Editorial - Making Links through Digital Storytelling

Marcus Foth, 1st October 2009



Marcus Foth

Creative Industries Faculty

Queensland University of Technology


This special issue of the Journal of Community, Citizen’s and Third Sector Media and Communication (3CMedia) is based on selected presentations given at the 5th annual Making Links conference, held at The University of Melbourne from 11th to 13th November, 2008. Making Links (see also www.makinglinks.org.au) is a conference that seeks to engage interested people, organisations and groups working at the intersection of social action and information technology, including community workers, educators, trainers, not-for-profit organisations, people who work with marginalised groups, activists and researchers. One of the program streams at this conference was dedicated to the practice of digital storytelling (Lambert, 2002; Hartley & McWilliam, 2009).

Making Links and 3CMedia continue to be great allies in that the conference provides a forum that facilitates a horizontal dialogue across the non-profit and third sector, and 3CMedia continues to support the consideration and promotion of uses of media by the sector. I am pleased to present this issue which brings together four contributions from Making Links 2008 – plus one invited paper – to tell stories of storytelling. Digital storytelling (shortened also known as DST) seems to capture people’s imagination in novel ways without the necessity to hand-over the creative part to professionals. Low barriers of entry, steep learning curves, innovative usage of production and editing software tools contribute to the rise of this approach as a model of ‘user-generated content’ that is conducive to be applied to areas that are socially or culturally sensitive.

It is yet again, very welcome and appropriate that the Community Broadcasting Association of Australia (CBAA), a peak association of the community broadcasting sector, is facilitating the dissemination of research presented at the 2008 Making Links conference, because the various DST models show parallels with the historic development of community media and community broadcasting. Many member organisations of the CBAA have long helped to establish and facilitate practices of co-creative media production, which are a focus of this special issue of 3CMedia that draws attention to current initiatives in contemporary digital storytelling activity. Particularly significant in this issue are articles that report action research findings in youth and indigenous uses of digital storytelling, as well as by major cultural institutions. For these reasons, the articles in this special issue also illustrate how on the one side the original rationale for community media is still very much alive and relevant; on the other side the techniques explored here incorporating digital media and new collaborative arrangements to bring different stakeholders together offer lessons learnt that can be useful for the future of both the non-profit/third sector and the community media industry sector.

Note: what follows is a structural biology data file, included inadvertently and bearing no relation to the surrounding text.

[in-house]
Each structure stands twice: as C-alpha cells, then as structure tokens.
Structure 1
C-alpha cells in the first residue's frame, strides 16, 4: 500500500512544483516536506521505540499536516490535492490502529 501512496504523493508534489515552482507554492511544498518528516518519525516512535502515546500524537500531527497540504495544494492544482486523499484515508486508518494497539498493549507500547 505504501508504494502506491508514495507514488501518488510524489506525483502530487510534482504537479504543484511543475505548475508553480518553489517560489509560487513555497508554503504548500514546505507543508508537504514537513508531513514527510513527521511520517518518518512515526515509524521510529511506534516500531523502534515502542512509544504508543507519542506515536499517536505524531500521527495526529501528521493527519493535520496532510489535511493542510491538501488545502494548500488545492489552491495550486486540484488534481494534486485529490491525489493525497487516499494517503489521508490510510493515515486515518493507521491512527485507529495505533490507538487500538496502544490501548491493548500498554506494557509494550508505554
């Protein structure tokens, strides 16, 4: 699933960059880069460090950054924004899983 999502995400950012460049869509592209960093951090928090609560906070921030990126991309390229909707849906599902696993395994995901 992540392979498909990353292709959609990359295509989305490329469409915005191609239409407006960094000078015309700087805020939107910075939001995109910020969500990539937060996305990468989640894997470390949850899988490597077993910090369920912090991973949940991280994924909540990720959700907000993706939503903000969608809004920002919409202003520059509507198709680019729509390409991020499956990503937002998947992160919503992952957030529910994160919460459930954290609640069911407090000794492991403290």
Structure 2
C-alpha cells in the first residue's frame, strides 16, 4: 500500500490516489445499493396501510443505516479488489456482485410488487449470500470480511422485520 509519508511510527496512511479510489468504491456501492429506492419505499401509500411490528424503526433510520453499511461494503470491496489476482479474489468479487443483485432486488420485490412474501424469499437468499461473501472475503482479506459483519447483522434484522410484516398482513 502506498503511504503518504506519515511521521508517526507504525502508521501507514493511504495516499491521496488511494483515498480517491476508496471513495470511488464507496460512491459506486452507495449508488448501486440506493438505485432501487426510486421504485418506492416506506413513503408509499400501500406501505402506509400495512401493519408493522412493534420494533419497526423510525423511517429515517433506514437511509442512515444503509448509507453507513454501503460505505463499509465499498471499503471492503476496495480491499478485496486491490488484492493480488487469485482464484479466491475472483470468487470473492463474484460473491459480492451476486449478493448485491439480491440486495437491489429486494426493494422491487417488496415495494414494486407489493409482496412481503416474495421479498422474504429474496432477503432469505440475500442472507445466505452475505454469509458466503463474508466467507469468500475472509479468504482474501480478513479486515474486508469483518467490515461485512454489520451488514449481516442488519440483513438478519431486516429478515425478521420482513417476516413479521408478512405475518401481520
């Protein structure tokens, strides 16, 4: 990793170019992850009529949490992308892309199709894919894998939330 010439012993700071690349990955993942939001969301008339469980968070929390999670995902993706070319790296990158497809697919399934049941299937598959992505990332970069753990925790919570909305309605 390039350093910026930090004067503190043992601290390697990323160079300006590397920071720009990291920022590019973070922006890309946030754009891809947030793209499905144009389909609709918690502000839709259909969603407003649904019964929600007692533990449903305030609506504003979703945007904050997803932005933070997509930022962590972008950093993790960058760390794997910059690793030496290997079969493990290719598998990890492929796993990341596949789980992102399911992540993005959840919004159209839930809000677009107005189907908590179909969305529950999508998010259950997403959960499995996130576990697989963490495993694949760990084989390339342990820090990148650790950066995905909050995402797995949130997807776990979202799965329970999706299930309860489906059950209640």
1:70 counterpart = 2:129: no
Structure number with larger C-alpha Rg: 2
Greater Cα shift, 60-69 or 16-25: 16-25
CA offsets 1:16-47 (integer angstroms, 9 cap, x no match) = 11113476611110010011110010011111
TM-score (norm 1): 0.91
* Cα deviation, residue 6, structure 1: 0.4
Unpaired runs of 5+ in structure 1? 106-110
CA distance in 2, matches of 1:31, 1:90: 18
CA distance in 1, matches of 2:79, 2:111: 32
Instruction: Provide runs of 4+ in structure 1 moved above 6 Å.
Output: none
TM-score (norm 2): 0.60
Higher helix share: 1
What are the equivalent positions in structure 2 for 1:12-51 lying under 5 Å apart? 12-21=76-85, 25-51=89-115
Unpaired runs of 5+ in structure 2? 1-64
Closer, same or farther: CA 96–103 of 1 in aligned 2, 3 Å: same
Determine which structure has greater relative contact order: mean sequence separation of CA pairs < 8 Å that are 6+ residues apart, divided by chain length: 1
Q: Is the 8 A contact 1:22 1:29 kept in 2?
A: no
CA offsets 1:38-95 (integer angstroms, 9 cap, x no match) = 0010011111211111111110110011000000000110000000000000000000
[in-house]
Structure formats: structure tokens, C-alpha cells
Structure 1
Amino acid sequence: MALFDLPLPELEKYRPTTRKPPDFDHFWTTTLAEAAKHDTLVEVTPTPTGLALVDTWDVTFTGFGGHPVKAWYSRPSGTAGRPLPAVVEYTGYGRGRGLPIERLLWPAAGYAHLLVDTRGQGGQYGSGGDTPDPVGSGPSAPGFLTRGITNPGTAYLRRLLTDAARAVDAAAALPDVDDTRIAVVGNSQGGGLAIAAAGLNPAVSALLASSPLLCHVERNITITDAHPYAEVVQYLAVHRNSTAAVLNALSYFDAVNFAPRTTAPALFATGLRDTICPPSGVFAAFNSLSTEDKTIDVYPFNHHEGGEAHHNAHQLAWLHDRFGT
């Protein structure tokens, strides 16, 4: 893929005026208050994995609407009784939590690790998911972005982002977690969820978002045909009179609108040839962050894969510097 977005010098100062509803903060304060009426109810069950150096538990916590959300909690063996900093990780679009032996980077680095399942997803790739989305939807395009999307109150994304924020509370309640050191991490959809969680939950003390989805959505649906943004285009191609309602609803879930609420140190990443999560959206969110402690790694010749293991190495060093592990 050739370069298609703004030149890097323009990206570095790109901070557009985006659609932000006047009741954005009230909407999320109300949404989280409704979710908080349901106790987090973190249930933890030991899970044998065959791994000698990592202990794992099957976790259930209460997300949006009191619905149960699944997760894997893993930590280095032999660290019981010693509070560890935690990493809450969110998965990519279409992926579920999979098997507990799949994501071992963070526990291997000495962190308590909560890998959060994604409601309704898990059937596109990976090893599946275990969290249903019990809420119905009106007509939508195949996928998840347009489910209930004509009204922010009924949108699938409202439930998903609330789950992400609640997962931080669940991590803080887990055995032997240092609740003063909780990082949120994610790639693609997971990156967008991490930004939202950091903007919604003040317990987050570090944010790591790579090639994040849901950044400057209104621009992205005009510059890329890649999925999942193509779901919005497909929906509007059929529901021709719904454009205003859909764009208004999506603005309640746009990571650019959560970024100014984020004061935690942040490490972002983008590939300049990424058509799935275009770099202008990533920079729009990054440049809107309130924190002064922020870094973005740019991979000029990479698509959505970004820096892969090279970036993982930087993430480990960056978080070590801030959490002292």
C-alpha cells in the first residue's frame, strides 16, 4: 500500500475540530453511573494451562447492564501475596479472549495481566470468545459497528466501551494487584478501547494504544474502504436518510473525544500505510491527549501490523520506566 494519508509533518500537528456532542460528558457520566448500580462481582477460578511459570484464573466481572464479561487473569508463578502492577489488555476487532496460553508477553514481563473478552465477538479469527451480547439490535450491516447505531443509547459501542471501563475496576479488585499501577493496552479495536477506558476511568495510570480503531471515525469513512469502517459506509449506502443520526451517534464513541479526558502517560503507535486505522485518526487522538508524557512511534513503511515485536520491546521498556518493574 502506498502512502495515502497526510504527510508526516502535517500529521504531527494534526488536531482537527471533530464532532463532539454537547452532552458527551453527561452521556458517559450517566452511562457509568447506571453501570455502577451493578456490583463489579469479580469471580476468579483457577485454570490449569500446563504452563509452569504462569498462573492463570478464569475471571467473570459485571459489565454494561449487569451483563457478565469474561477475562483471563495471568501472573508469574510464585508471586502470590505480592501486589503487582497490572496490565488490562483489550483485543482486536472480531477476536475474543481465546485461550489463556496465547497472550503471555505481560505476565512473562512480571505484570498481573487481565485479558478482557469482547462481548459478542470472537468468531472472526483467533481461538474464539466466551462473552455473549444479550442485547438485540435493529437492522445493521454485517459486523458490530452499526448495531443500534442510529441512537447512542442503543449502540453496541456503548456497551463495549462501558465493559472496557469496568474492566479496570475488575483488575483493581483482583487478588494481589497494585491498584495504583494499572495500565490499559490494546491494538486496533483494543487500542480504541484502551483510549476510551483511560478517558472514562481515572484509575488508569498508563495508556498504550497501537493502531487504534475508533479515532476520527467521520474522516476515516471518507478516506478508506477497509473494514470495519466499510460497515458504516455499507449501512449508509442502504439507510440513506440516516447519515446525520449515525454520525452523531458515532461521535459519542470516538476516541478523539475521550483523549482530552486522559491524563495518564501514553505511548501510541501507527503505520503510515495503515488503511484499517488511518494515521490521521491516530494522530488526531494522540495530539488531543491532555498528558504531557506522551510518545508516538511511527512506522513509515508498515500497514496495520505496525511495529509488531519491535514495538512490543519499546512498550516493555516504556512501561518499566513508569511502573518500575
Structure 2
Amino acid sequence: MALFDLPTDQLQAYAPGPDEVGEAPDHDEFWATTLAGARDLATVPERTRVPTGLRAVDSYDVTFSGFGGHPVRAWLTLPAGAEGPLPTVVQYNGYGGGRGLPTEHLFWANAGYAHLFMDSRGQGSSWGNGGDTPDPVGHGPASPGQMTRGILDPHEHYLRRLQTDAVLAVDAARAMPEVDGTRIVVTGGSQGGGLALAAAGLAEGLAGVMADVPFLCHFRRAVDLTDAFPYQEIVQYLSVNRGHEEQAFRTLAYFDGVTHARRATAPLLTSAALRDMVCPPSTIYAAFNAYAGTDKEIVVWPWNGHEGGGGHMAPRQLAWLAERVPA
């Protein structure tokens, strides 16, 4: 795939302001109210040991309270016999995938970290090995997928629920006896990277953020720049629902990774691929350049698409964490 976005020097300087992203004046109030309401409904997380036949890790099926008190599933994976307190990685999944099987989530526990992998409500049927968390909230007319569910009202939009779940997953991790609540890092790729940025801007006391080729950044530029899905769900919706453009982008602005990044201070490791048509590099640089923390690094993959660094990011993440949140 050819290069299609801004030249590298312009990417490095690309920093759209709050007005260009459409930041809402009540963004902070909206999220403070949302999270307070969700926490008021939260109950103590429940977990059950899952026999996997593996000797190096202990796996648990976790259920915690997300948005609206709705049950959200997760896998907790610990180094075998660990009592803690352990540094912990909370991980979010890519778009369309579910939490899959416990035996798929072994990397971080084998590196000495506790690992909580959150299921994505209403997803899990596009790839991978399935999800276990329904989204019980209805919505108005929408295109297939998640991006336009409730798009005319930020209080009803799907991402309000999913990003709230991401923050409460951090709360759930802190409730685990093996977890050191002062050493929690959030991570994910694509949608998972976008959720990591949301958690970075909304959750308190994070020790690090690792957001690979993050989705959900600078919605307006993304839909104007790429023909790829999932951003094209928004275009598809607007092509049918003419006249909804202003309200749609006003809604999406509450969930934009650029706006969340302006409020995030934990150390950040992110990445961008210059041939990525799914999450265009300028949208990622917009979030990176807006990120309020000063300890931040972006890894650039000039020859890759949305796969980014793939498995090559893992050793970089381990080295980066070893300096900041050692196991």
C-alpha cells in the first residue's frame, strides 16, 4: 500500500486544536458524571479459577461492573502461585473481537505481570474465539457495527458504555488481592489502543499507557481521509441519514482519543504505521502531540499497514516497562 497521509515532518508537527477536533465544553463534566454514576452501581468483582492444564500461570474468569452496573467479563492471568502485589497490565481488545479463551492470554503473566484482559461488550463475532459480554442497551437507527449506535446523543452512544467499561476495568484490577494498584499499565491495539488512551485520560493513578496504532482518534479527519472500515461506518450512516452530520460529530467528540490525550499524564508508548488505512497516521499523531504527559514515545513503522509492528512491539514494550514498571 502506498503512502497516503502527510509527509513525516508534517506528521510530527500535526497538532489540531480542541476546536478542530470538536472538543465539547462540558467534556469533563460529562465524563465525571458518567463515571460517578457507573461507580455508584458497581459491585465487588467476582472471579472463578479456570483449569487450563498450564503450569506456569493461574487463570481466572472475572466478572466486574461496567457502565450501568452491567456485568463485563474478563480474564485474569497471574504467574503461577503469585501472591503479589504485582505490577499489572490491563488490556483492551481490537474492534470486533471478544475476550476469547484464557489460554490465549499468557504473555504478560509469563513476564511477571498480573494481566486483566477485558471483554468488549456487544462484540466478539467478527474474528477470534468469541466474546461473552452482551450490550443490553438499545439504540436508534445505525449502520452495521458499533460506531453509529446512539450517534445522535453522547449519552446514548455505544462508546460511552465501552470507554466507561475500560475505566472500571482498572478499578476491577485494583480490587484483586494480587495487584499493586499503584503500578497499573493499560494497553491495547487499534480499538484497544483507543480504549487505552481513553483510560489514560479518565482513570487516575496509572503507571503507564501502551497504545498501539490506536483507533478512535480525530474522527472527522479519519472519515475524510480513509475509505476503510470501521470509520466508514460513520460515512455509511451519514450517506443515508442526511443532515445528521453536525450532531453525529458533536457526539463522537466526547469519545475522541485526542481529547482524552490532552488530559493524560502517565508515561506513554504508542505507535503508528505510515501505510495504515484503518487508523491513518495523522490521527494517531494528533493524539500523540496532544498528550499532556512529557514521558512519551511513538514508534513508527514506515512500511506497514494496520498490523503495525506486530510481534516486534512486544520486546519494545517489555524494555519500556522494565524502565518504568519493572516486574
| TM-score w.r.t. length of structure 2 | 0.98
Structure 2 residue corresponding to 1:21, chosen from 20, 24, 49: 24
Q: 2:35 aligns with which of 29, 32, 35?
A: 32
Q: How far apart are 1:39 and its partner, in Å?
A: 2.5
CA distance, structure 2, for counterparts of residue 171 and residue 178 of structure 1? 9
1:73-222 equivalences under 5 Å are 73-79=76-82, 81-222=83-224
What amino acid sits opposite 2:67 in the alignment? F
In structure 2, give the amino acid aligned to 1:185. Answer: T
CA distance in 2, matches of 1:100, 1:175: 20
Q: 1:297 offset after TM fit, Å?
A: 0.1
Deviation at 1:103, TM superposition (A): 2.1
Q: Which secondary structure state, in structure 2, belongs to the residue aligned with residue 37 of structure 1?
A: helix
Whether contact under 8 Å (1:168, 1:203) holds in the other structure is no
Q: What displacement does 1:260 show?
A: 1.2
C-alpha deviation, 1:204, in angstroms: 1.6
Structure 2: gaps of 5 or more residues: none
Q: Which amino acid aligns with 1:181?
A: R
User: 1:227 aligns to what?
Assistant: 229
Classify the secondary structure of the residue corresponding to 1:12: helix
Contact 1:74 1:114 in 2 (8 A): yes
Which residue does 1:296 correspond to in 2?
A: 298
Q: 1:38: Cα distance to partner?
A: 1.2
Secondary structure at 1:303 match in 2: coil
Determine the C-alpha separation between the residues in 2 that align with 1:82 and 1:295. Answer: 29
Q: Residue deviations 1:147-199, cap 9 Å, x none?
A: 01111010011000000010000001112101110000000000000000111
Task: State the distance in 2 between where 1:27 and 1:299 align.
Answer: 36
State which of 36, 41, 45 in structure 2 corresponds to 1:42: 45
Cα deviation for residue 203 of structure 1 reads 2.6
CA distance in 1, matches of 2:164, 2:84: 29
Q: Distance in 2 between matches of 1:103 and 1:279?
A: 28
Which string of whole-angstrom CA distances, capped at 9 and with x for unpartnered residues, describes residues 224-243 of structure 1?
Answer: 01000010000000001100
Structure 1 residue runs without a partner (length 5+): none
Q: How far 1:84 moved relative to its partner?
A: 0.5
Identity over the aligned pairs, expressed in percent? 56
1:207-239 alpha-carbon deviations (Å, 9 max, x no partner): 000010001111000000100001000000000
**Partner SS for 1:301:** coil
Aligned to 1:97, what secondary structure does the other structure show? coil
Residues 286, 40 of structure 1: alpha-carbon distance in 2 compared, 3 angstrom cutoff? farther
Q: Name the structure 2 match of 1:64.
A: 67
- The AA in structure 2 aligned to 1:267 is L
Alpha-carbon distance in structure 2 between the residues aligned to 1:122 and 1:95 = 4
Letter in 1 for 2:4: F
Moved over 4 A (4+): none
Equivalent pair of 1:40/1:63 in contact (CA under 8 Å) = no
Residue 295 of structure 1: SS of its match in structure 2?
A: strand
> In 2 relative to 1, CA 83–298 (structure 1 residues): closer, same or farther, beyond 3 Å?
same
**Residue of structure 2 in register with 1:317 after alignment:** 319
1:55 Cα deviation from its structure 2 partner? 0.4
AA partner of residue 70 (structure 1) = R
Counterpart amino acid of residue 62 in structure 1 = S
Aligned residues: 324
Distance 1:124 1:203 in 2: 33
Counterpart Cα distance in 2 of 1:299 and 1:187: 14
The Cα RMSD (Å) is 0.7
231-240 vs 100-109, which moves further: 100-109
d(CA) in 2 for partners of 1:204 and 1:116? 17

Aneta Podkalicka and Jonathan Staley introduce the YouthWorx Media project in Melbourne – one of the destinations for the Digital Inclusion Bus Tour that formed part of the Making Links 2008 program. YouthWorx Media engages disadvantaged and ‘at risk’ young people in media creation and training with a view to allow them to tell their story and connect them with education and employment opportunities. It provides a prime example of the role that community media, community broadcasting, and arts initiatives can play in stimulating positive social change for young people.

Peta-Marie Standley, Nic Bidwell and their colleagues at James Cook University and in Cape York present the Indigenous owned Traditional Knowledge Revival Pathways consultancy as a successful initiative that connects local communities and the environment through media. The team is to be commended not only for its innovative approach that combines traditional methodologies with new media tools to reach beyond sociocultural and geographic boundaries, but also for their cultural sensitivity and their aspiration to preserve and maintain the integrity of the diverse stakeholders involved. The project is a great example of a collaboration reconnecting both Indigenous and non-Indigenous people with place.

Natalie Davey and Samia Goudie follow with a discussion of the experiences running the Hope Vale Pelican Project and specifically, the digital storytelling component of the project. The authors report on the development and conduct of a media camp held in Cape York that introduced participating youth to digital storytelling practices to foster social and emotional well-being and environmental care.